More than 100 years after it was first described, Alzheimer's disease (AD) is still diagnosed strictly on clinical criteria that are not sensitive to the early stages of disease and do not adequately distinguish AD from non-AD dementias. When comparing a clinical diagnosis to an autopsy-confirmed diagnosis, even the most seasoned clinicians are wrong 15-20% of the time. This diagnostic inaccuracy is assumed to be considerably worse in non-specialty settings where the initial diagnosis of AD is most often made. With advances in experimental therapeutics and the concomitant reminder that potent treatments may have serious side effects, the need for an accurate, non-invasive AD biomarker is more pressing than ever. Such a biomarker would be useful on several fronts. In the clinical setting it would allow for more diagnostic certainty in trying to distinguish AD from other dementias. An accurate biomarker with sufficient sensitivity should also help predict which patients with mild cognitive impairment (MCI) will go on to develop AD and, just as importantly, which will not. Lastly, an AD biomarker that detects disease in the earliest stages and tracks with clinical status would accelerate drug development by facilitating dose-response studies and enabling more rapid and objective assessment of efficacy. Despite considerable efforts, the field has yet to develop a biomarker that can meet these pressing needs. The current application will examine a relatively novel form of functional MRI (fMRI) as a candidate imaging biomarker in AD. Resting-state fMRI provides a measure of functional connectivity within specific brain networks and has shown promise in preliminary studies as an AD biomarker. The limitations of this approach currently are that it has not yet proven to be reliably interpretable at the single-subject level, its predictive value in MCI remains uncertain, and it has not been examined longitudinally. The current application, drawing on the strengths of a multi-site, longitudinal study, will attempt to address these limitations. The study will involve the acquisition of resting-state fMRI data from Stanford University and the University of California, San Francisco in four large cohorts of subjects: healthy aging, MCI, AD, and non-AD dementia. Subjects will be scanned at baseline and followed longitudinally. A subset of subjects will be scanned again at a 1-year interval.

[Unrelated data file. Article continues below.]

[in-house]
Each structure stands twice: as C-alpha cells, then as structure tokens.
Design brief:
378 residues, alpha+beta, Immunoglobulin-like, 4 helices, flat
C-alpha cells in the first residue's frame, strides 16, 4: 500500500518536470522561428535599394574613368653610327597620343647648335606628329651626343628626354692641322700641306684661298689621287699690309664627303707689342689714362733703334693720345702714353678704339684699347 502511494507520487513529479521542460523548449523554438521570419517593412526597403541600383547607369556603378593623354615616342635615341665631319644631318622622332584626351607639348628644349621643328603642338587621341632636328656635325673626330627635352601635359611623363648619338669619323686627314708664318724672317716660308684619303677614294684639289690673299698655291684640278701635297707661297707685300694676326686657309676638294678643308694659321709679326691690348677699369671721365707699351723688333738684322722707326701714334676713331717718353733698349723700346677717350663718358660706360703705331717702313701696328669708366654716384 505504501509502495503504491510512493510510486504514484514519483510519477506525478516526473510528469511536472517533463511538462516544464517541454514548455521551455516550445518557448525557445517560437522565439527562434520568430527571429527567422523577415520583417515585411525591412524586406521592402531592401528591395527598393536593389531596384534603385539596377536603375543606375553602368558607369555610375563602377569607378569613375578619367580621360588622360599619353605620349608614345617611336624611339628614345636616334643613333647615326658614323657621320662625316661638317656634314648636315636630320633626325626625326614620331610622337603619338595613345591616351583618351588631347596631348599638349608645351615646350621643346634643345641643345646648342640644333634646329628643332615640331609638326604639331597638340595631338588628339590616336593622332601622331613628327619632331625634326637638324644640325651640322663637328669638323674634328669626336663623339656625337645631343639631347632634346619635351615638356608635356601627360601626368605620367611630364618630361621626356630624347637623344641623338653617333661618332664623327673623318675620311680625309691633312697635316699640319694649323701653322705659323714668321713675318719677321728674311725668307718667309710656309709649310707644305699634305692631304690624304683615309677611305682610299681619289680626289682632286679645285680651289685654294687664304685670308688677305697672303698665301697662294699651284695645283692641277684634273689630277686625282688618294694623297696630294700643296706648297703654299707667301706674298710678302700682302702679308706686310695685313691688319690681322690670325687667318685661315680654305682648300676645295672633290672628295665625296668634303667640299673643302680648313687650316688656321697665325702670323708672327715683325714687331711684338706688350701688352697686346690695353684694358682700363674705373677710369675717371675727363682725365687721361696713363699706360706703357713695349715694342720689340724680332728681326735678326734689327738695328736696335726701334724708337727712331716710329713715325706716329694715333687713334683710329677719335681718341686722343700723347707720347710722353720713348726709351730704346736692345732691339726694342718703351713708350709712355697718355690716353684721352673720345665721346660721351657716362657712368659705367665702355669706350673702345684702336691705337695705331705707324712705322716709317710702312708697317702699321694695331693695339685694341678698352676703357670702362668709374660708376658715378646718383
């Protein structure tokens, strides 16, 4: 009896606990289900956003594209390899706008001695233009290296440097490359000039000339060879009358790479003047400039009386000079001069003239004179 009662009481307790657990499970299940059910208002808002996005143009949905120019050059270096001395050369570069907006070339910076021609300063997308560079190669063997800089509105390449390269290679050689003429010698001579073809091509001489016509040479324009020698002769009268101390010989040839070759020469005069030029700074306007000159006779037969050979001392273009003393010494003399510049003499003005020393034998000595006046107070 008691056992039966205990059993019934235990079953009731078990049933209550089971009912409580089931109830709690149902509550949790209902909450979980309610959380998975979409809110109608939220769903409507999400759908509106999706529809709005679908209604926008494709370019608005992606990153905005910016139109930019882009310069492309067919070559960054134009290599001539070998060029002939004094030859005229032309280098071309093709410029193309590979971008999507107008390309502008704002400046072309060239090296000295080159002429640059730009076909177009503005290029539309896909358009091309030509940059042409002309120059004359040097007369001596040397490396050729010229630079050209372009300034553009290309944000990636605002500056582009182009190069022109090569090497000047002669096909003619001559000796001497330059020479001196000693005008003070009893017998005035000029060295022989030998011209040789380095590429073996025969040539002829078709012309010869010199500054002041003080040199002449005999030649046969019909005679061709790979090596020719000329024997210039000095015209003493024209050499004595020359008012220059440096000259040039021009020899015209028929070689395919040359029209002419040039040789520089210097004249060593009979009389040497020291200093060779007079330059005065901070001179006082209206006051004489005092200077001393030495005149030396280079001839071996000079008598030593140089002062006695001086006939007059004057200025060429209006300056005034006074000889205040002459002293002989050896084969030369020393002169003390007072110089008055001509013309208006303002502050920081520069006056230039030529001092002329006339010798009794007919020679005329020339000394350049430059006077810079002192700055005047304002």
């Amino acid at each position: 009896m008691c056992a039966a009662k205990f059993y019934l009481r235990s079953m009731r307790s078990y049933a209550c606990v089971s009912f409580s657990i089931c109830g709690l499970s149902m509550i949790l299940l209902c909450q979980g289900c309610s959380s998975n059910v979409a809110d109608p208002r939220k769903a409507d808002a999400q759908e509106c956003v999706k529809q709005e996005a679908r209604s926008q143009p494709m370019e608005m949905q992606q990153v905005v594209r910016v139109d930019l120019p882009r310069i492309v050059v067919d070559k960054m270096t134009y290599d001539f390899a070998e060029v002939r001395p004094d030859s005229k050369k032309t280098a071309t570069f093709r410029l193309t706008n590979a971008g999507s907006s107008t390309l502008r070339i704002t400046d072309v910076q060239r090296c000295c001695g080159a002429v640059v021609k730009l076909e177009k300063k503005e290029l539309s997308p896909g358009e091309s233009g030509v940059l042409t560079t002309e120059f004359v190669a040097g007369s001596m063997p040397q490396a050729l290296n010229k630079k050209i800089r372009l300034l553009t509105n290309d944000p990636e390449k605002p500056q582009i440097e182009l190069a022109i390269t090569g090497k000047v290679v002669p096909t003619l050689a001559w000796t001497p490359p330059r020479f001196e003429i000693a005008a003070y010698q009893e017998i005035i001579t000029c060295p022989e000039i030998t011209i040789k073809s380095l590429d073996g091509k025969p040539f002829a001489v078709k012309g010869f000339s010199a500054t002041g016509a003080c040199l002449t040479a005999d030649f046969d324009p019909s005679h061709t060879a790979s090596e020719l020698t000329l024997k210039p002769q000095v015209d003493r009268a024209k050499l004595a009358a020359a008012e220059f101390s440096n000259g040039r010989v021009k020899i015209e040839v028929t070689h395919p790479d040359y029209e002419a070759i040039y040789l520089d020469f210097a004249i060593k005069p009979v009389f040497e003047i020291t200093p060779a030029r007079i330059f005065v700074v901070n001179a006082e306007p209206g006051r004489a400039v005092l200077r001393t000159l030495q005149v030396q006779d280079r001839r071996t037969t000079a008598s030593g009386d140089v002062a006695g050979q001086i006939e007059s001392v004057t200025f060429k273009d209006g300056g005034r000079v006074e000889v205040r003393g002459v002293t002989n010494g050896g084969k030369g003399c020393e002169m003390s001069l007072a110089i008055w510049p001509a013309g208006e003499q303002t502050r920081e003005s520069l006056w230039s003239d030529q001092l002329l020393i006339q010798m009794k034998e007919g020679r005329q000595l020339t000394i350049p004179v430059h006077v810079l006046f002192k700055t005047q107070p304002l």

The aims of the study will be a) to enhance the sensitivity and specificity of resting-state functional connectivity measures in distinguishing AD from both healthy aging and non-AD dementia, b) to assess the utility of resting-state fMRI in predicting which patients with MCI subsequently convert to AD over the five-year course of the study and c) to assess the utility of resting-state fMRI in tracking disease progression over time.
Alzheimer's disease (AD) is a devastating, fatal illness that will affect more than 10 million Americans by mid-century. The current study will aim to develop a brain imaging test for AD that would allow doctors to diagnose it earlier and more accurately. Such a test would help determine whether experimental drugs were working and would allow drugs to be started early in the course of the illness when they are more likely to be effective.
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